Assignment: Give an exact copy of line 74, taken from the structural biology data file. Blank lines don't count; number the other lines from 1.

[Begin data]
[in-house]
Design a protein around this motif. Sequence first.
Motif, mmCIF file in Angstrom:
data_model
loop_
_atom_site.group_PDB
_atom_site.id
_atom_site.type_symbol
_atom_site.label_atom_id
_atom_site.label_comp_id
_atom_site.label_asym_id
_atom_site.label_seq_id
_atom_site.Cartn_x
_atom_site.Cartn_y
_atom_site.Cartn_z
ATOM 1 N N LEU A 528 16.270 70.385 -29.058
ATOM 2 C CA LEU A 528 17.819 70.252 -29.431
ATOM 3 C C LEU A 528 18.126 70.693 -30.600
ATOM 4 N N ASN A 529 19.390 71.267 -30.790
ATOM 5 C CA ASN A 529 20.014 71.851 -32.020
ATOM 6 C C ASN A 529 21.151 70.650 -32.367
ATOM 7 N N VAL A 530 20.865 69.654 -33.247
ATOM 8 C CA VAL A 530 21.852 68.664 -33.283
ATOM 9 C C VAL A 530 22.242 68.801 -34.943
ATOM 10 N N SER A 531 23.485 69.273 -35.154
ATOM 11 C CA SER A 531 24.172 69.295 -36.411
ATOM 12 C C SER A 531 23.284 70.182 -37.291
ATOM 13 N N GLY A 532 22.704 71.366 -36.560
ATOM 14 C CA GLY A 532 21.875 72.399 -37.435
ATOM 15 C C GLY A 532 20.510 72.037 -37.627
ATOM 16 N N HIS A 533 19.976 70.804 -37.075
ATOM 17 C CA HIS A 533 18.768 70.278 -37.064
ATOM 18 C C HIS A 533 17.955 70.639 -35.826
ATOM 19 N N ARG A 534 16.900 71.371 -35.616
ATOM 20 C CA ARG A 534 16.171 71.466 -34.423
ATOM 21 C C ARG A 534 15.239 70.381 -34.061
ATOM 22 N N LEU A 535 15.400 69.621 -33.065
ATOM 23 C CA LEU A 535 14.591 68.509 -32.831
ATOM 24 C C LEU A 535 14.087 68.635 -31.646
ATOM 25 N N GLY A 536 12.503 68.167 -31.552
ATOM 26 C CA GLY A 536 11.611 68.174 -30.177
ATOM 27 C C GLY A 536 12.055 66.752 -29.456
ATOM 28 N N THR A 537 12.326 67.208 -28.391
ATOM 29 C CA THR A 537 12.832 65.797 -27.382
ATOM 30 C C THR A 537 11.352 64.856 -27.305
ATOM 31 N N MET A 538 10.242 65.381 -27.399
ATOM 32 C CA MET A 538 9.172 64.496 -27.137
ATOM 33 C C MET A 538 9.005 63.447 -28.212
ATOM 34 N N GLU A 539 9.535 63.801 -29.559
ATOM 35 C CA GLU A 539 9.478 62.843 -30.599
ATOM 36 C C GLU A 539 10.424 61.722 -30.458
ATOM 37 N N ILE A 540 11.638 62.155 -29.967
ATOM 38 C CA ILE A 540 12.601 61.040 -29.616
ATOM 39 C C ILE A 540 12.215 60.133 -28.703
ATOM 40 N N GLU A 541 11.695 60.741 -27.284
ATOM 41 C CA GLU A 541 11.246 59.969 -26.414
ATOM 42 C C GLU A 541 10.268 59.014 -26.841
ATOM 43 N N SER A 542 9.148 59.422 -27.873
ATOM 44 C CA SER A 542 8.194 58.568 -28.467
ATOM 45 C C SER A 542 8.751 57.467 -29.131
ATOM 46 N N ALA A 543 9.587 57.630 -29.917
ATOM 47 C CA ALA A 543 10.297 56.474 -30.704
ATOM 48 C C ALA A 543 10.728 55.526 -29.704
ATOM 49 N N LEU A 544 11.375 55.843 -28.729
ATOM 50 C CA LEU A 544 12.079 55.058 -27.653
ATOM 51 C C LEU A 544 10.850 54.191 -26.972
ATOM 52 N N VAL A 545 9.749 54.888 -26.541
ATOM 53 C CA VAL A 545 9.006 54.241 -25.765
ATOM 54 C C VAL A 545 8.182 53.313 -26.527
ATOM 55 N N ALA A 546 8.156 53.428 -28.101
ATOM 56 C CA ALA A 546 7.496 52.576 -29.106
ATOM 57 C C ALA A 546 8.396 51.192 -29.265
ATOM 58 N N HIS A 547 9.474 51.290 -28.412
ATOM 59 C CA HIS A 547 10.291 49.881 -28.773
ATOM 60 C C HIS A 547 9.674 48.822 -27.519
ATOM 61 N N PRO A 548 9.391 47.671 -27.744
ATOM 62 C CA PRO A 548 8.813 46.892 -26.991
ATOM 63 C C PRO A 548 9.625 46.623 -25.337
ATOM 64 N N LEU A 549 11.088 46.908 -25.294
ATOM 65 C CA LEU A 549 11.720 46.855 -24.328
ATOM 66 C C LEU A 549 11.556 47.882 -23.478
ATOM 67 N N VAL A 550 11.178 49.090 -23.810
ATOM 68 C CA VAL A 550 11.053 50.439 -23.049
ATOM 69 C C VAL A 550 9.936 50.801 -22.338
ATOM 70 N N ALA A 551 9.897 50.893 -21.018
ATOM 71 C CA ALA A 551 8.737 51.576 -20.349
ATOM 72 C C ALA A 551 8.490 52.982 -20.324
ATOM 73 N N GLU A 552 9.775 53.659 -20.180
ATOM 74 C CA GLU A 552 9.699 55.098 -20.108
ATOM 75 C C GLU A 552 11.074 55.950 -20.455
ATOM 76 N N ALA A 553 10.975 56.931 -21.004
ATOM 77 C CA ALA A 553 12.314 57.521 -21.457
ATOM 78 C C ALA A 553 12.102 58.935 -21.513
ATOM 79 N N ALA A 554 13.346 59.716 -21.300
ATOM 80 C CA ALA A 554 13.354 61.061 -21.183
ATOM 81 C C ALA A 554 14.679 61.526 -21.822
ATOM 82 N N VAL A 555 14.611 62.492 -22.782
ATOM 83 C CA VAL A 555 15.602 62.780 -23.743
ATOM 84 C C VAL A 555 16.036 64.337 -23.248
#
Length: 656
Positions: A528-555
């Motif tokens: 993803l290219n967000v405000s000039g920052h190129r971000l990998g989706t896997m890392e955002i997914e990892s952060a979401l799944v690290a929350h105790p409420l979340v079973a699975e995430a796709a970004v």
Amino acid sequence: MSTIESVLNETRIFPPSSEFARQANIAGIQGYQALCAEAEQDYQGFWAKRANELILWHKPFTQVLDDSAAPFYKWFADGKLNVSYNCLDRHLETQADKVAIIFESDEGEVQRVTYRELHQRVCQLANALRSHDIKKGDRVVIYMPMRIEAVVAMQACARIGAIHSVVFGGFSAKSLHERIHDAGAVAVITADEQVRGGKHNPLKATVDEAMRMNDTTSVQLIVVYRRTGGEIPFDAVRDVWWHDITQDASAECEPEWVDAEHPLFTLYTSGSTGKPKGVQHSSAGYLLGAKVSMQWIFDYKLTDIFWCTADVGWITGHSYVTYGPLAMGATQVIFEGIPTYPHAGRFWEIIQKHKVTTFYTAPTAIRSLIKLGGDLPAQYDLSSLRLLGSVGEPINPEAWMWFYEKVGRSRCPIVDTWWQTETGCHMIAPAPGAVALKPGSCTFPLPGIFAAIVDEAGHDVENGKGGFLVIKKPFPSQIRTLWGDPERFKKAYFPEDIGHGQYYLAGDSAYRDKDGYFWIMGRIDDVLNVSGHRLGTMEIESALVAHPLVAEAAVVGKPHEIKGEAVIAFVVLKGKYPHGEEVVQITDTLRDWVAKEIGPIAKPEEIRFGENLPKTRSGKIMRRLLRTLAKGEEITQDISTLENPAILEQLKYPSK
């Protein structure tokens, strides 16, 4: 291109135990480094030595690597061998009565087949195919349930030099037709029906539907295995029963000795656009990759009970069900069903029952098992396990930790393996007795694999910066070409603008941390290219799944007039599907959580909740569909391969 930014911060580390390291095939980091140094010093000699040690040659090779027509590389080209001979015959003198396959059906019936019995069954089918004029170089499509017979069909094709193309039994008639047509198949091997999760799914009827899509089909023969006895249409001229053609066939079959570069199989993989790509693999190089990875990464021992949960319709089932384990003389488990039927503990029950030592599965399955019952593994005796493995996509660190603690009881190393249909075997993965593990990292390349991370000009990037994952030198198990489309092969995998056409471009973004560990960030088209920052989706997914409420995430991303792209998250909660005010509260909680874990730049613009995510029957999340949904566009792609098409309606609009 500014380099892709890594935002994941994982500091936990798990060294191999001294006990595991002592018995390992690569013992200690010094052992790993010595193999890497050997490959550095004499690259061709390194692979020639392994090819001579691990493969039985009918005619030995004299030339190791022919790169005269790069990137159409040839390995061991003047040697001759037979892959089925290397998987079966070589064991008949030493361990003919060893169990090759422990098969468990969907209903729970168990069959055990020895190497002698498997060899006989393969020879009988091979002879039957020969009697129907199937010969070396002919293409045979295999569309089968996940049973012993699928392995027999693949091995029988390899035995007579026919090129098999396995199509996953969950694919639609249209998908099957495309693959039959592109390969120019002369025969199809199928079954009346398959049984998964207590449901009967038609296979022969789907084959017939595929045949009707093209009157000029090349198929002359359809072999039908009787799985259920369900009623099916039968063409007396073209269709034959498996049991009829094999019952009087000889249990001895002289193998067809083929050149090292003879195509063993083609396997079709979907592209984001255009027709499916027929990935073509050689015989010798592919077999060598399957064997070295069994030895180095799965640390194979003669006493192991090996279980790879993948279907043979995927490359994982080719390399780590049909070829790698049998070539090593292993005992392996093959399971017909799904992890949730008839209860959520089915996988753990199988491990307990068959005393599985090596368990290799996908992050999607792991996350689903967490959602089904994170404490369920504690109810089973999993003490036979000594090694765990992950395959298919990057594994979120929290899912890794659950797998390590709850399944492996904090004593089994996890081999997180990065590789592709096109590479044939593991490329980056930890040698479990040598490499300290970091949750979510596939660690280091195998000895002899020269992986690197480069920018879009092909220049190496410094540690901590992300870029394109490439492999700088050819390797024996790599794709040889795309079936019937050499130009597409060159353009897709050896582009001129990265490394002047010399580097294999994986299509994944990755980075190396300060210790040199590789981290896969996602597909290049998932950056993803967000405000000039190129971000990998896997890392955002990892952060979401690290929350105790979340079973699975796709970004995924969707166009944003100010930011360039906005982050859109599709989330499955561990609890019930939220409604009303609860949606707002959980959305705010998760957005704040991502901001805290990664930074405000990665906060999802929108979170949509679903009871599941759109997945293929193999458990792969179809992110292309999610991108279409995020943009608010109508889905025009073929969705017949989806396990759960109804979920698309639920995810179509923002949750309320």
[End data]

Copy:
ATOM 59 C CA HIS A 547 10.291 49.881 -28.773